While the state judicial commission’s investigation into alleged improprieties by State District Judge Elizabeth Coker ended Monday with her resignation, the focus may now shift to any possible complicity by fellow judge and former prosecutor, Kaycee Jones.
Coker’s voluntary agreement to resign alludes to complaints that she “engaged in improper ex parte text communications with Jones,” who served as a Polk County assistant district attorney for 10 years until this year becoming the 411th state district judge.
On Tuesday, Jones could not be reached for comment. But in a previously written letter to the Texas Bar Association’s disciplinary counsel, Jones said that during her tenure as prosecutor she improperly utilized clandestine text messages sent from the bench by Coker.
Jones acknowledged passing along the texts, designed to bolster the prosecution’s case, to the lead prosecutor during a child abuse trial. “It was wrong and I knew better,” she wrote.
Jones’ name was prominently mentioned three times in Coker’s resignation agreement. The signed document refers to the so-called “texting and judging” incident as well as allegations of other improper communiques and meetings between Jones and Coker involving additional cases that were not specified.
Apparently, her boss at the time in the DA’s office made her promise to never do it again, but that ain’t good enough. Jones’ formal hearing is in March, but honestly, unless she has something better to say for herself, she should just save us all the time and trouble and submit her resignation. I don’t see how she can be trusted as a judge given her appallingly bad judgment.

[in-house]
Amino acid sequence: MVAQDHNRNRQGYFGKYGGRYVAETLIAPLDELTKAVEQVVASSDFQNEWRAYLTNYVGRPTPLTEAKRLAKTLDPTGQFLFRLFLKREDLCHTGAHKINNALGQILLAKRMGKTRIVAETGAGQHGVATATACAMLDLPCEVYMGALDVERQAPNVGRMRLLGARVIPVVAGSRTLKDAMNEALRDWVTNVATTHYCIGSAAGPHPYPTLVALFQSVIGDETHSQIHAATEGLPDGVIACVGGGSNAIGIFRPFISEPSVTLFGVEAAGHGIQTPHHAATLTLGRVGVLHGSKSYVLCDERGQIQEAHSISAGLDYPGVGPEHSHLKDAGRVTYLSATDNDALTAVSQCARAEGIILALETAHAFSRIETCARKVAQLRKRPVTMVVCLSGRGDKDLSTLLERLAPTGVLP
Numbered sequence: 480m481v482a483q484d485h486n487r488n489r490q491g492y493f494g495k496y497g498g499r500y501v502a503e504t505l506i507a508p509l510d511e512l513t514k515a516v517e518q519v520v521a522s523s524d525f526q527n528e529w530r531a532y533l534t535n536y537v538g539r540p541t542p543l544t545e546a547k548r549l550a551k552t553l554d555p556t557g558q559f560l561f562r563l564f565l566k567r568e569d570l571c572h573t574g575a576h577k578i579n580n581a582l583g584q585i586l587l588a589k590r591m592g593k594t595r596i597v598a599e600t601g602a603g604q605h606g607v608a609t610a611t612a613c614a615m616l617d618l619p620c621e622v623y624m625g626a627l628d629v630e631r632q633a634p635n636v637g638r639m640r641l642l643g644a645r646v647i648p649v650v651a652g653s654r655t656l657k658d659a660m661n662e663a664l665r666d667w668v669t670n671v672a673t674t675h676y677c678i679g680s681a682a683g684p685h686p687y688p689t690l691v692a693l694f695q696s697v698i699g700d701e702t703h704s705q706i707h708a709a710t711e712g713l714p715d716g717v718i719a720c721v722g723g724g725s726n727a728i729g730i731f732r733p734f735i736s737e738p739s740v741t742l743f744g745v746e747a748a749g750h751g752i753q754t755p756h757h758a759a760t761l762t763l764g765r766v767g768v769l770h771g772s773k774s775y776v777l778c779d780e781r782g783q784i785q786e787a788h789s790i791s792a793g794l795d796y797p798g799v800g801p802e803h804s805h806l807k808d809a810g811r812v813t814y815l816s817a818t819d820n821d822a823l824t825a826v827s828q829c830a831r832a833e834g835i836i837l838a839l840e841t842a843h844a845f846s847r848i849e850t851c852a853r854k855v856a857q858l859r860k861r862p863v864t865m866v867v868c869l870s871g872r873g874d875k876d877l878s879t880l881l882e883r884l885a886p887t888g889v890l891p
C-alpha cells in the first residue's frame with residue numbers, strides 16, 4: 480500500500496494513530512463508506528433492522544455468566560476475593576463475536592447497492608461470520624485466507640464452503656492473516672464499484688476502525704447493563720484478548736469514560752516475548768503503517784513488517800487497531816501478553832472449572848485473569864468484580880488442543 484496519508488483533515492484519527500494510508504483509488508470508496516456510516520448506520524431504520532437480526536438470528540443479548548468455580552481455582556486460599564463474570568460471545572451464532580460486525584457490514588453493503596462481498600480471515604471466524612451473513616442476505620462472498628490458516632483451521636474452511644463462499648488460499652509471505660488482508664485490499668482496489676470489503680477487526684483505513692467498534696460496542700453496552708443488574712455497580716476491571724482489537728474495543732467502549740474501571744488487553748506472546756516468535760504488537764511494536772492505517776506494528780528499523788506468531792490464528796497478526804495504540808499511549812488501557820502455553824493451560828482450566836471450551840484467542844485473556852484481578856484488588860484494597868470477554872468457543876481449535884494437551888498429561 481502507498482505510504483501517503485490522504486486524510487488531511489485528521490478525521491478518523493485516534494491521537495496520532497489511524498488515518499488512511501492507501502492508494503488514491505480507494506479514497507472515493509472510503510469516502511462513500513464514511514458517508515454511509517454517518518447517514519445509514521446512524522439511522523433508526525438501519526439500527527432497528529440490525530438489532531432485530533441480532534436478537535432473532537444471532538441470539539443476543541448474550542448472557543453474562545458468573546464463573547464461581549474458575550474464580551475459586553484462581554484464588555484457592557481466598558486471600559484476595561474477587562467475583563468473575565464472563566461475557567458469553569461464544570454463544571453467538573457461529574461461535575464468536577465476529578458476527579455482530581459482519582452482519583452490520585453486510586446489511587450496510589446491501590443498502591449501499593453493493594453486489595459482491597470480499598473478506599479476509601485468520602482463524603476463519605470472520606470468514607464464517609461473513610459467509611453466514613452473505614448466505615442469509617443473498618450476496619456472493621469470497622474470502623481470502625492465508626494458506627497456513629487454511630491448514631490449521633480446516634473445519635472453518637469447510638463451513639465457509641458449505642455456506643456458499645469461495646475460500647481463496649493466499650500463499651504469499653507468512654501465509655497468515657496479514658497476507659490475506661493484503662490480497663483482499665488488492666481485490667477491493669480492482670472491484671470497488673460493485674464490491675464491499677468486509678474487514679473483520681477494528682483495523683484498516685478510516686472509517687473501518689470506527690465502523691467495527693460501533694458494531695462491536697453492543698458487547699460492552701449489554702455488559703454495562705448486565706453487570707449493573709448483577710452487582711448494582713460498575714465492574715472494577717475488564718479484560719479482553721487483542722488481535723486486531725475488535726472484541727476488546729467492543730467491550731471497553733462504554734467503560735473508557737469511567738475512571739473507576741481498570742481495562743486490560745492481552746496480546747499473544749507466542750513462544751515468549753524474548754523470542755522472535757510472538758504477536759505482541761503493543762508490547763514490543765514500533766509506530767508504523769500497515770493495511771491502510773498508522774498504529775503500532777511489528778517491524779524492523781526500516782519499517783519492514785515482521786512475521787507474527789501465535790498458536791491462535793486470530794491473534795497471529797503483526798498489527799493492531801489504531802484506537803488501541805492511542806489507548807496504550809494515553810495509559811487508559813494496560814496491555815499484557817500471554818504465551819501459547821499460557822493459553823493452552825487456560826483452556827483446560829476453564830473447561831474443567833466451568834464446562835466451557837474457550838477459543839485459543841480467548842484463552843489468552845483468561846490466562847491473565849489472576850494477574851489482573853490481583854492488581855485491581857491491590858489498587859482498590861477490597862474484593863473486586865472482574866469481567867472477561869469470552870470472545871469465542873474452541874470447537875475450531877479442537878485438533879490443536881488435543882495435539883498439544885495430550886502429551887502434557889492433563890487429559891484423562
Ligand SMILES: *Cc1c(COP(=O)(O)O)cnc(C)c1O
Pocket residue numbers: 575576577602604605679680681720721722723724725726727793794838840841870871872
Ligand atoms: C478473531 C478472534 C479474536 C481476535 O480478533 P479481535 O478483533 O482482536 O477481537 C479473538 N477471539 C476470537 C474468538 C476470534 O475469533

Those two are known to be bad apples. Here in Harris County, we have an accusation of bad behavior against a Family Court judge.
State District Court Judge Denise Pratt is under investigation, accused of backdating court records to make it appear that she issued rulings and filed court documents sooner than she actually did, according to county officials.
Allegations against the 311th family court judge, raised by a Houston-area family lawyer in a criminal complaint filed with the Harris County District Attorney’s Office and the State Commission on Judicial Conduct, already have led to the resignation of Pratt’s court clerk.
Webster-based family lawyer Greg Enos, whose criminal complaint last year against a Galveston County court-at-law judge sparked an investigation by the state attorney general and multiple indictments that led to the judge’s suspension and subsequent resignation, said he delivered his complaint against Pratt to First Assistant District Attorney Belinda Hill on Monday. Enos said he believes the office has already launched an investigation.